After the Alabama Supreme Court twice refused to review the case, the United States Supreme Court agreed to hear arguments.

In a unanimous decision, the Court ruled that Alabama’s demand violated the due process clause of the Fourteenth Amendment. The disclosure of membership lists, the Court argued, would suppress legal association among the group’s members—in fact, earlier disclosures of member identities had led to loss of employment, physical coercion, and other hostile treatment.

The ruling read, in part:

Effective advocacy of both public and private points of view particularly controversial ones, is undeniably enhanced by group association, as this Court has more than once recognized by remarking upon the close nexus between the freedoms of speech and assembly. . . It is beyond debate that freedom to engage in association for the advancement of beliefs and ideas is an inseparable aspect of the “liberty” assured by the Due Process Clause of the Fourteenth Amendment, which embraces freedom of speech. . .

. . . This court has recognized the vital relationship between freedom to associate and privacy in one’s associations. . . Inviolability of privacy in group associations may in many circumstances be indispensable to preservation of freedom of association, particularly where a group espouses dissident beliefs.

The Court did not rule on the legality of the NAACP’s work in Alabama, but it did overturn the contempt order and the fine. The decision signaled an important acknowledgement of the freedom of association, and paved the way for future success in the struggle against racial discrimination.

To read the full text of the decision, click here.

To listen to the oral argument, click here.

To read a news article printed at the time, click here.

To learn more, click here and here.

To learn more about the NAACP, click here.

To learn about the controversial John Patterson, who became Governor one year after NAACP v. Alabama, check out Gene Howard’s Patterson for Alabama: The Life and Career of John Patterson (University of Alabama Press, 2008).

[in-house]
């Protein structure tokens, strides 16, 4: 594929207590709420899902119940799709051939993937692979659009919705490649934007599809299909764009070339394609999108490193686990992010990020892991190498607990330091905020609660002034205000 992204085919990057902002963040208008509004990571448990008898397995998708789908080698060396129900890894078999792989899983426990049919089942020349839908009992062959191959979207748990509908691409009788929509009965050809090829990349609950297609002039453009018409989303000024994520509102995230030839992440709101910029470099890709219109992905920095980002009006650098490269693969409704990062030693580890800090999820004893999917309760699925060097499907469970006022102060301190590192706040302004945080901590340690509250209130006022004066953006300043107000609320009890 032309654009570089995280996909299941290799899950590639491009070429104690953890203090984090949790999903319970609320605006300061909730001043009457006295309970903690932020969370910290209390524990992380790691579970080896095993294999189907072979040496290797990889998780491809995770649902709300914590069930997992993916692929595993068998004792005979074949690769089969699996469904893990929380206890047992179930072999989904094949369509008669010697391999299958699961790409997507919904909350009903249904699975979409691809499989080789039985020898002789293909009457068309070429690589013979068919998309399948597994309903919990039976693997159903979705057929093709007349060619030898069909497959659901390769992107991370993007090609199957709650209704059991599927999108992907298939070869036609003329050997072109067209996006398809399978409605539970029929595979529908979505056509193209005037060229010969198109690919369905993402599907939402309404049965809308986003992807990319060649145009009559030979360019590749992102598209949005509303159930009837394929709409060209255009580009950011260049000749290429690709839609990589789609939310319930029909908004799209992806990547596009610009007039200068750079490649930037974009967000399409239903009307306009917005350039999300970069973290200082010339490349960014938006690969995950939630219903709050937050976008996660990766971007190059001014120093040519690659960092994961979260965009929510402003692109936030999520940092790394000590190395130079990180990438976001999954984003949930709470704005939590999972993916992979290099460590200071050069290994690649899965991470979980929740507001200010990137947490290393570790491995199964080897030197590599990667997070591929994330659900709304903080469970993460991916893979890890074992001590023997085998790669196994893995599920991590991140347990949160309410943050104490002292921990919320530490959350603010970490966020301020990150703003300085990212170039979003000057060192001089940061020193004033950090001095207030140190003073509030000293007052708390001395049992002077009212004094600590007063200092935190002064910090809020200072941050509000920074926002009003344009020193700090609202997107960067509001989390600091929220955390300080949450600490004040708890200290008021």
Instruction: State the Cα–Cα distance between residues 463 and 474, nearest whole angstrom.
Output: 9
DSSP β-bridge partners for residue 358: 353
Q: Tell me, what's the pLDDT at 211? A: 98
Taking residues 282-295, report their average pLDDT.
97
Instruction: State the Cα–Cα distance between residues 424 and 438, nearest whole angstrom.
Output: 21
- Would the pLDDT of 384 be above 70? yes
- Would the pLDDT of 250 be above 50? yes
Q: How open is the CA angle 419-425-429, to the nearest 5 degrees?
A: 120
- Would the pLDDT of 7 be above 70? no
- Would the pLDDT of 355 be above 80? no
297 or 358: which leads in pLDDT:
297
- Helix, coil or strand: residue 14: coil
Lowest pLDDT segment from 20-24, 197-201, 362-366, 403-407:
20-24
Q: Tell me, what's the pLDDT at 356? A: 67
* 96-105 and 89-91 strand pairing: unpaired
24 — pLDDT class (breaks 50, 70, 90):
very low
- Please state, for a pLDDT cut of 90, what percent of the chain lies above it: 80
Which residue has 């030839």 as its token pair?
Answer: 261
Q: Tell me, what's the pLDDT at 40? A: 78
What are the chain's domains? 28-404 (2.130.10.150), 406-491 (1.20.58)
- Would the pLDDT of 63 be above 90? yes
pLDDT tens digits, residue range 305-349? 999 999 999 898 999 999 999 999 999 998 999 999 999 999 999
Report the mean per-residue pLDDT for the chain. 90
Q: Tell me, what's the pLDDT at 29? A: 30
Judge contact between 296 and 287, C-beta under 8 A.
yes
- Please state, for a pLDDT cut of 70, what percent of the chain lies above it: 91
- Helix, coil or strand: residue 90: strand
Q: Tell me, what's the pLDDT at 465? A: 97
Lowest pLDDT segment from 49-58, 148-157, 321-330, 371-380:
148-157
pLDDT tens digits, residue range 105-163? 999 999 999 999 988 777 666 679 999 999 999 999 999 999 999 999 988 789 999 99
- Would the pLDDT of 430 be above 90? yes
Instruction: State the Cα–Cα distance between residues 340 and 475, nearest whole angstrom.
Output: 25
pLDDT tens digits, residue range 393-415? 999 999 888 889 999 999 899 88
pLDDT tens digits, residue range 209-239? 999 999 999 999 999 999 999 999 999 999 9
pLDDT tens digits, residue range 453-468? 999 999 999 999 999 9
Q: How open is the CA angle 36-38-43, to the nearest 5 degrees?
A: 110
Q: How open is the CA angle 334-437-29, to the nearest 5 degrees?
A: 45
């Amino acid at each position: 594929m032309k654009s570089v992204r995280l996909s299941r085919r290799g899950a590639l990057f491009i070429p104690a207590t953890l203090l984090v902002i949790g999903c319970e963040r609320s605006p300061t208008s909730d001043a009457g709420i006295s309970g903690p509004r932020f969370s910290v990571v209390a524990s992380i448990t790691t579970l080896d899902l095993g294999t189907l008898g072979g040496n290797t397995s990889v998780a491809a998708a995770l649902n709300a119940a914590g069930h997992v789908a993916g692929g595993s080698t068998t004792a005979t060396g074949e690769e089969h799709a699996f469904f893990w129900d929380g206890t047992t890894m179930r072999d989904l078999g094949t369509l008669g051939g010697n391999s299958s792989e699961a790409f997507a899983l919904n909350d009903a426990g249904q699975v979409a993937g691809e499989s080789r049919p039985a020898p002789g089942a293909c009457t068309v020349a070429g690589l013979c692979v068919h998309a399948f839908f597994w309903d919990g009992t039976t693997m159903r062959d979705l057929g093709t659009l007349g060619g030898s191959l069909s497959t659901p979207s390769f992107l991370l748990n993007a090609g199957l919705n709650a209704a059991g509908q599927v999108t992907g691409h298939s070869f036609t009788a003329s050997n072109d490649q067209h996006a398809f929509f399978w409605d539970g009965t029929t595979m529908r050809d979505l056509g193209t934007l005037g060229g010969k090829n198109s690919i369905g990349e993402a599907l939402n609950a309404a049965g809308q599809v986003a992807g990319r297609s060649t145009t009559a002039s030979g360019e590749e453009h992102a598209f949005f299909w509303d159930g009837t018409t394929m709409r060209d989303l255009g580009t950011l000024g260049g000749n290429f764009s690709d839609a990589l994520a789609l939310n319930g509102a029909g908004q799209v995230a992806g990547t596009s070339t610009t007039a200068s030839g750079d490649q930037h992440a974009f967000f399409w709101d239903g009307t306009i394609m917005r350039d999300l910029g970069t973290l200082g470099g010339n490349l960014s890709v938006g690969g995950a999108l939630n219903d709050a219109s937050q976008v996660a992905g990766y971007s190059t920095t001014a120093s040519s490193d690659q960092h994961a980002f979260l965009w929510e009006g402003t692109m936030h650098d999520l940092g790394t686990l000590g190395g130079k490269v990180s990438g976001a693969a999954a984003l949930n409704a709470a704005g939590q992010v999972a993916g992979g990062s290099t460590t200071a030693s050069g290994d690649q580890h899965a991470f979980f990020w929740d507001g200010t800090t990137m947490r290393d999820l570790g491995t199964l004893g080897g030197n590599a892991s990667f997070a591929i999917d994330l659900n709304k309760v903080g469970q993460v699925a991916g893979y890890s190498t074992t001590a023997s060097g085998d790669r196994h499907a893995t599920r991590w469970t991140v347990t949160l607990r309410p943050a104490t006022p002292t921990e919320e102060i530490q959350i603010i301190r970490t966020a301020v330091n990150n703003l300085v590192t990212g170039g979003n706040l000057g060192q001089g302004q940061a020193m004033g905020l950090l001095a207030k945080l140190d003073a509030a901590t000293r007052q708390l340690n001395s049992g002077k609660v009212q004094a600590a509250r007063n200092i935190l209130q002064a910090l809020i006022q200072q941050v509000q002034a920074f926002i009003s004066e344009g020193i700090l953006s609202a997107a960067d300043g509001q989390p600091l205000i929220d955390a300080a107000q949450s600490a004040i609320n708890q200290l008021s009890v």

To learn about African Americans’ struggle for civil rights during the next decade in Alabama, check out Frye Gaillard’s Cradle of Freedom: Alabama and the Movement that Changed America (University of Alabama Press, 2004) and Alabama’s Civil Rights Trail (University of Alabama Press, 2010).

Remembering the first African American Supreme Court Justice

On this day 44 years ago, Thurgood Marshall was sworn in as an associate justice of the Supreme Court, becoming the first African American to serve on America’s highest court.

Well-known as a leading attorney in the landmark case Brown vs. Board of Education of Topeka, Marshall worked for the NAACP for years before becoming a Second Circuit Court of Appeals judge, Solicitor General, and, finally, an associate justice of the Supreme Court. He would spend 24 years on the Supreme Court before retiring at age 82. He became a pillar of the civil rights movement, working tirelessly throughout his career to bring an end to America’s long history of discrimination and segregation

A graduate of Lincoln University, Marshall was denied enrollment at the University of Maryland’s School of Law because of his race. He graduated first in his class from Howard University Law School, and later represented Donald Murray in a lawsuit that integrated the University of Maryland. Interestingly, the University of Maryland later named its law library after Marshall.

To learn more about Marshall’s life and work, check out this article written by the New York Times on the day he died.

Baltimore’s airport, named after Thurgood Marshall, provides another thorough biography.